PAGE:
The eggs hatch within 4 to 6 weeks, and by the end of summer, the immature cicadas drop down to burrow into the soil, where they will spend the next 13 or 17 years feeding on the plants' roots. Their work complete, the parents — whose emergence provides a once-in-a-lifetime treat for cats, dogs, birds, squirrels, rats, and even humans — die soon after. The carcasses serve as an important source of nitrogen for growing trees.

Matt Kasson, who studies cicada diseases at West Virginia University, maintains that the insects' rare and brief visits should be cherished, especially since the phenomenon is unique to the US. “So I would say just marvel in the fact that you’re witnessing something that no one else in any other part of the world gets to see,” Kasson told The Washington Post. “And it’s right in your backyard.”

Resources: ABC7chicago.com, wikipedia.com, Washingtonpost.com


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  • owl14
    owl1410 months
    I live in NYC but I have not seen any thankfully.
    • niceshoes123
      niceshoes12311 months
      So glad not in Colorado.😅
      • wlise11
        wlise1111 months
        Yeah I live in Kentucky and in the summer it is hard to take a nap when all u hear is screeching from then and my sister picks the shells up all the time it is gross.
        • grogu
          grogu11 months
          Michigan is not on the red zone phew
          • wolfy_blue
            wolfy_blue11 months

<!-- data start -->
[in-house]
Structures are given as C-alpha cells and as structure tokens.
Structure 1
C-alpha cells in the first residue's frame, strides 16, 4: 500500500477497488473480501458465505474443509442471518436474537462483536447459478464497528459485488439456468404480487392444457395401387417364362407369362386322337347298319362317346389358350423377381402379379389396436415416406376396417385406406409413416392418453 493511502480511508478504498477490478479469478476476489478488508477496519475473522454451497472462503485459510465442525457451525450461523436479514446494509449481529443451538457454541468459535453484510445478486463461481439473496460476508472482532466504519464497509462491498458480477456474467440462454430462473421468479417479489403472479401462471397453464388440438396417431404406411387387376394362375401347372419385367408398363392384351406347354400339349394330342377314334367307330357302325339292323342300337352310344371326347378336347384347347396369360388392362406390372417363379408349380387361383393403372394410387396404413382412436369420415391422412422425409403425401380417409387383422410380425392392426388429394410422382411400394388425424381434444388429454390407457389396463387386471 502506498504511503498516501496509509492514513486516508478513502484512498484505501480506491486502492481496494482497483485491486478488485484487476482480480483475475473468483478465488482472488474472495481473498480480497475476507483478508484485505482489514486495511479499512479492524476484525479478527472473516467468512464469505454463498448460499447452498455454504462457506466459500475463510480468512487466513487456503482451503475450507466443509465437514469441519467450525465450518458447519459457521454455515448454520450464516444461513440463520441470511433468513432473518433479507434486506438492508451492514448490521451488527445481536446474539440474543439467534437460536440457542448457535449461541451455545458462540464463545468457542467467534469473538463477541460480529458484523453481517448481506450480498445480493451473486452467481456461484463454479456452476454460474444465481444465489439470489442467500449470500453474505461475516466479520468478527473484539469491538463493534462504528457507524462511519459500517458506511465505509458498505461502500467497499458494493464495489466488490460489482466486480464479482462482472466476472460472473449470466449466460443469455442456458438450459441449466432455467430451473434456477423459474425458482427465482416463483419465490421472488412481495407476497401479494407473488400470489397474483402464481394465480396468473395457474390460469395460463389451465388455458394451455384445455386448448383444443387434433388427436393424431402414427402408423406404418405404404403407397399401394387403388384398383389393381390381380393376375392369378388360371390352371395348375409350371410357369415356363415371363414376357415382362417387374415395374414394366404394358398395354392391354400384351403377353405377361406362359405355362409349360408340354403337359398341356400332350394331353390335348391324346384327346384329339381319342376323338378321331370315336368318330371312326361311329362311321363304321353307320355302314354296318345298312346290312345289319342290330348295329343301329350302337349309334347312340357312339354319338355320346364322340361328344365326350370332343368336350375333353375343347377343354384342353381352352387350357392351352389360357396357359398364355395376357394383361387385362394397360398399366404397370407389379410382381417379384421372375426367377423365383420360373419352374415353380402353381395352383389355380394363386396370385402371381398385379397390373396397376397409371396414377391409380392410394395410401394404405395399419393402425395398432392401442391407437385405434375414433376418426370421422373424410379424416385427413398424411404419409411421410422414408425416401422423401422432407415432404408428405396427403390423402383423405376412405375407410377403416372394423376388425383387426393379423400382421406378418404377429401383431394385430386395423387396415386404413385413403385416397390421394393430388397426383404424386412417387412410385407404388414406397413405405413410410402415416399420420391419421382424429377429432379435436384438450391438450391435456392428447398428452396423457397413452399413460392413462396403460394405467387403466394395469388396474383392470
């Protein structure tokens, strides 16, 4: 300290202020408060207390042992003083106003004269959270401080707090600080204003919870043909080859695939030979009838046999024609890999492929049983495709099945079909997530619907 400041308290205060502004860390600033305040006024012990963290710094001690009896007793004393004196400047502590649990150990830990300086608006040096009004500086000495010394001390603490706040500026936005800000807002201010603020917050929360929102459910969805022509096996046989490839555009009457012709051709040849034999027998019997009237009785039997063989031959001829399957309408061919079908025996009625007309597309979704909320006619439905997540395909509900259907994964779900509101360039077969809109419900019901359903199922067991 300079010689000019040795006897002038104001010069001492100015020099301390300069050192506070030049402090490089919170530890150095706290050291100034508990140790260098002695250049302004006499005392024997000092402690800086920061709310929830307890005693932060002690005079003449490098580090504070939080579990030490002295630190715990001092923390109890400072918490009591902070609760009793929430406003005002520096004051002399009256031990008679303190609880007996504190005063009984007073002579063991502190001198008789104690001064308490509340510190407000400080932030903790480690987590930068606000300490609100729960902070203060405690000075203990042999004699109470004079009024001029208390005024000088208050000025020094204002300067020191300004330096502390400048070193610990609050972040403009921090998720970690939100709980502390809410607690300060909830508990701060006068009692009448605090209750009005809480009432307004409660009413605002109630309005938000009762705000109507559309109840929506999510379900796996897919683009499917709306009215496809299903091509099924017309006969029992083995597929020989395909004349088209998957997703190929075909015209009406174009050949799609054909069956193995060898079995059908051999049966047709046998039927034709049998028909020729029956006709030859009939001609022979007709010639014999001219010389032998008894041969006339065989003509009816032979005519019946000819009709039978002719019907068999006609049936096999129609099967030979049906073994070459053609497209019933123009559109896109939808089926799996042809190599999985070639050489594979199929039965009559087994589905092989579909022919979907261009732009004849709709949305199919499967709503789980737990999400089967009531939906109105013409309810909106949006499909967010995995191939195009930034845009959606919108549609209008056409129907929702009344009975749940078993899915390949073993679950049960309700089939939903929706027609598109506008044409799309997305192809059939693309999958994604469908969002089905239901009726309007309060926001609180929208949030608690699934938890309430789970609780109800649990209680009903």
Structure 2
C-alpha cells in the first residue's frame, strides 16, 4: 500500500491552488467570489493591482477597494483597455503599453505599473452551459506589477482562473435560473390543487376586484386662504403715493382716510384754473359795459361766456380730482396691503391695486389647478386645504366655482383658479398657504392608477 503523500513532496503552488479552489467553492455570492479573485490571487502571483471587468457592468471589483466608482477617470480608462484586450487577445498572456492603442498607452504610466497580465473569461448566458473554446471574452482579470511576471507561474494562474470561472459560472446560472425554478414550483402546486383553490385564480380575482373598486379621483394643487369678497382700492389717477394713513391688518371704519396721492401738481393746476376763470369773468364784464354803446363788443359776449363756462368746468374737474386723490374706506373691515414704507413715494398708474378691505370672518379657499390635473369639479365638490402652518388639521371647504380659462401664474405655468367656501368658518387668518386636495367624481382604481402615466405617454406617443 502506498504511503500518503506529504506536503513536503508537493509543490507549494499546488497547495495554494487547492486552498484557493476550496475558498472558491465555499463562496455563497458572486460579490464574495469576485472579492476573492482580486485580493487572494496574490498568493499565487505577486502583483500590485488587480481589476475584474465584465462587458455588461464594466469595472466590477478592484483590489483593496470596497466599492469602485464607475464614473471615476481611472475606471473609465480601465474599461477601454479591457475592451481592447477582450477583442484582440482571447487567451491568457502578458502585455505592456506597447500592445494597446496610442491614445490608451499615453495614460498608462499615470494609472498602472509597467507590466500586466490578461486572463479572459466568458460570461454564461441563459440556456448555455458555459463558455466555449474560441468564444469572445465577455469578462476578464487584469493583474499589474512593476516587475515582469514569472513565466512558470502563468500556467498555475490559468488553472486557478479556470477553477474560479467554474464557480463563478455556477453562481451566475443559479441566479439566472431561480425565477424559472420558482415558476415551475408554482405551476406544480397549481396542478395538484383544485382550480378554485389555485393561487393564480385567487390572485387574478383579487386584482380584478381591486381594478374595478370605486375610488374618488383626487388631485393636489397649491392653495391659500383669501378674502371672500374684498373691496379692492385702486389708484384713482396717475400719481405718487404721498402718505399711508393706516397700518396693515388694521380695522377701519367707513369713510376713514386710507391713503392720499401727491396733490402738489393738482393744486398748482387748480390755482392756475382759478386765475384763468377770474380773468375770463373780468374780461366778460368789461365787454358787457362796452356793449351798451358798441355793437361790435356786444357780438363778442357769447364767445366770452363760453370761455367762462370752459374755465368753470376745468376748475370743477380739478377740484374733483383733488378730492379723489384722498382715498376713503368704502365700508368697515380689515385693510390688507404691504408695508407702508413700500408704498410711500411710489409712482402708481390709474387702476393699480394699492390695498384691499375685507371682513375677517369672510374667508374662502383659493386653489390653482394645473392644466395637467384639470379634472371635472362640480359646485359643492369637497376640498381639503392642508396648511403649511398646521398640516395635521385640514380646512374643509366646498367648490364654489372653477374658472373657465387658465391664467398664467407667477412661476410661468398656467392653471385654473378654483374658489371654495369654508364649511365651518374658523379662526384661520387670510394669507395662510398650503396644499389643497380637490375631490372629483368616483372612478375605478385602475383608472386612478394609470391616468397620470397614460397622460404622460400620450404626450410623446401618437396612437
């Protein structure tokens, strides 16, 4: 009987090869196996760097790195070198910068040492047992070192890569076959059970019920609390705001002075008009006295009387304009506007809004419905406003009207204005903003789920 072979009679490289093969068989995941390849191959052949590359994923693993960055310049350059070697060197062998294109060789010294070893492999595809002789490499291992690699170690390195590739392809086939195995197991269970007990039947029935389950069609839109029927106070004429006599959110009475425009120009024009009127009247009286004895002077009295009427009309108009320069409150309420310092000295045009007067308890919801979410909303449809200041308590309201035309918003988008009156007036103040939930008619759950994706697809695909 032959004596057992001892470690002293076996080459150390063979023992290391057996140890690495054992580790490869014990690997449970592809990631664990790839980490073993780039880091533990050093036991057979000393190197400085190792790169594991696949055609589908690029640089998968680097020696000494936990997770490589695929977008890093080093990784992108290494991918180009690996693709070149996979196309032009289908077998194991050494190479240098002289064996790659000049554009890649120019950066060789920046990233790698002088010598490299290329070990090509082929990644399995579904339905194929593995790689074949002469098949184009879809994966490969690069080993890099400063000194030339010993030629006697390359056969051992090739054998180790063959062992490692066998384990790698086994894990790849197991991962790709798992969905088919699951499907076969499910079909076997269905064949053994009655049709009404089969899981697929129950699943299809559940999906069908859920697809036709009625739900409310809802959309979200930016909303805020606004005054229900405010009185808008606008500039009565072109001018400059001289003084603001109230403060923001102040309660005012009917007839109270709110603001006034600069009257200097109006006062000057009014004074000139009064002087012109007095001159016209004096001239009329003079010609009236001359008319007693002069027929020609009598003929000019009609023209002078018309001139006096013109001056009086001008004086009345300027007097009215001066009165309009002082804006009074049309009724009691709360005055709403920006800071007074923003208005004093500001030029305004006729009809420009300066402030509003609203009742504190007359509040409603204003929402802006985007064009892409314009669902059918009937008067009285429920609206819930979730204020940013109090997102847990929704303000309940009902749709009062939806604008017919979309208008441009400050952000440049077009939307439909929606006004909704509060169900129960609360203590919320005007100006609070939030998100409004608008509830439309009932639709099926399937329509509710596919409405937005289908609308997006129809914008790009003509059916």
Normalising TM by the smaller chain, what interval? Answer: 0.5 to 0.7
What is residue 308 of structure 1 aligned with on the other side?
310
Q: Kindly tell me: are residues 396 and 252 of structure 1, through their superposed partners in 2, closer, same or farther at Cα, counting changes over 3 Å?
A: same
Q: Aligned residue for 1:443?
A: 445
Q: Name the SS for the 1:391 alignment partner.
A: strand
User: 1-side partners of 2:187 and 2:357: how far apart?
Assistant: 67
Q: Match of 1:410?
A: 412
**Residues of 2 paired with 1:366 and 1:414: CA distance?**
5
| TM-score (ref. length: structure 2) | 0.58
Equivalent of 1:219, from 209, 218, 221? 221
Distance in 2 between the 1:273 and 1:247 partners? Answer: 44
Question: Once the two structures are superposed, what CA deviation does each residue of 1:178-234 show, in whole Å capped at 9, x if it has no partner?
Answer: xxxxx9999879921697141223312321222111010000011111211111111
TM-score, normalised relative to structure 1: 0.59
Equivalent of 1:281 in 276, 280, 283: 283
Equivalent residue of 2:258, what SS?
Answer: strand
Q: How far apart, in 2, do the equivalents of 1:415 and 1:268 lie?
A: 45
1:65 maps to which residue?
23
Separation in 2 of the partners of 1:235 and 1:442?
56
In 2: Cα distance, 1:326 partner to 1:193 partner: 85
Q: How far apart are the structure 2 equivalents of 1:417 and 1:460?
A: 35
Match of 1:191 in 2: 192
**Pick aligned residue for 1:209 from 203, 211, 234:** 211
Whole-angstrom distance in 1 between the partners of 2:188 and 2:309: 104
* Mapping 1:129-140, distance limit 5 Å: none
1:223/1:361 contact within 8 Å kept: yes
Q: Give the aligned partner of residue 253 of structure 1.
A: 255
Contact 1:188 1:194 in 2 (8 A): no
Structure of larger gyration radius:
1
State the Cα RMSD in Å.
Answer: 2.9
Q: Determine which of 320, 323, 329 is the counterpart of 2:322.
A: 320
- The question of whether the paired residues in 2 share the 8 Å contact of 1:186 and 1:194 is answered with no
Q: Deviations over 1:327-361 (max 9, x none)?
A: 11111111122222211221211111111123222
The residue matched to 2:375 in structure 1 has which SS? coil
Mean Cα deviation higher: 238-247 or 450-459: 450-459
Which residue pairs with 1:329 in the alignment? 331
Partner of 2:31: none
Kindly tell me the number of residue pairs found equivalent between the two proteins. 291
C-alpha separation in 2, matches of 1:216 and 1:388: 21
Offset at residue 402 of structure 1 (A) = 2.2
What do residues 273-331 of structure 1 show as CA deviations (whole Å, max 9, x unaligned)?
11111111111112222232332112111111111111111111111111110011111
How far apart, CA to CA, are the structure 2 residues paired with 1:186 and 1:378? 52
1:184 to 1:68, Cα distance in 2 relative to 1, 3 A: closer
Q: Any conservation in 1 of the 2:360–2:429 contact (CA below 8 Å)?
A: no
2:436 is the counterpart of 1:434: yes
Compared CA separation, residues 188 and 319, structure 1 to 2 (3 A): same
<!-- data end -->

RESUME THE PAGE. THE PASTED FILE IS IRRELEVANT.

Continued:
You have no idea how luck you are...I was walking to a tennis court and a cicada flew in my hair 😰
            • wlise11
              wlise1111 months
              Same here my family went to Ohio for my parents anniversary and there will millions of them hitting the widow we had to turn on the wipers like 5 times and then when we got out and one flew in my sister's hair she started screaming and freaking out now she won't pick up any more shells thank goodness lol
              • boltman1223
                boltman122311 months
                I was a tennis court to they were everywhere
                • x_goddess_x
                  x_goddess_x11 months
                  haha, lol, that's funny and I feel bad for you. I live in NJ, none so far!!
              • wolfy_blue
                wolfy_blue11 months
                Oh no...I hear them right now...
                • mattchien
                  mattchien12 months
                  Looks strange to me!
                  • fighter123
                    fighter12312 months
                    Im live in the red zone to I live in Maryland and there are millions and there SO LOUD.
                  • roseofbutter
                    roseofbutter12 months
                    I'm in the red zone too!But I live in Georgia which is surrounded by the gray zone and so far, I have NOT seen a single cicada.
                    • firestar-cat
                      firestar-cat12 months
                      West Virginia has it too! That's where I travel! My grandma is gonna see this all over the internet.💀
                      • corgiqueen
                        corgiqueen12 months
                        At summer camp my friend, Sam, and I collect cicada shells. I'm from Wisconsin so I just barely dodged a bullet.
                        • roseofbutter
                          roseofbutter12 months
                          Last month, my dad said that he was a kid, he would collect cicada shells but he never had any use for them so he threw them out.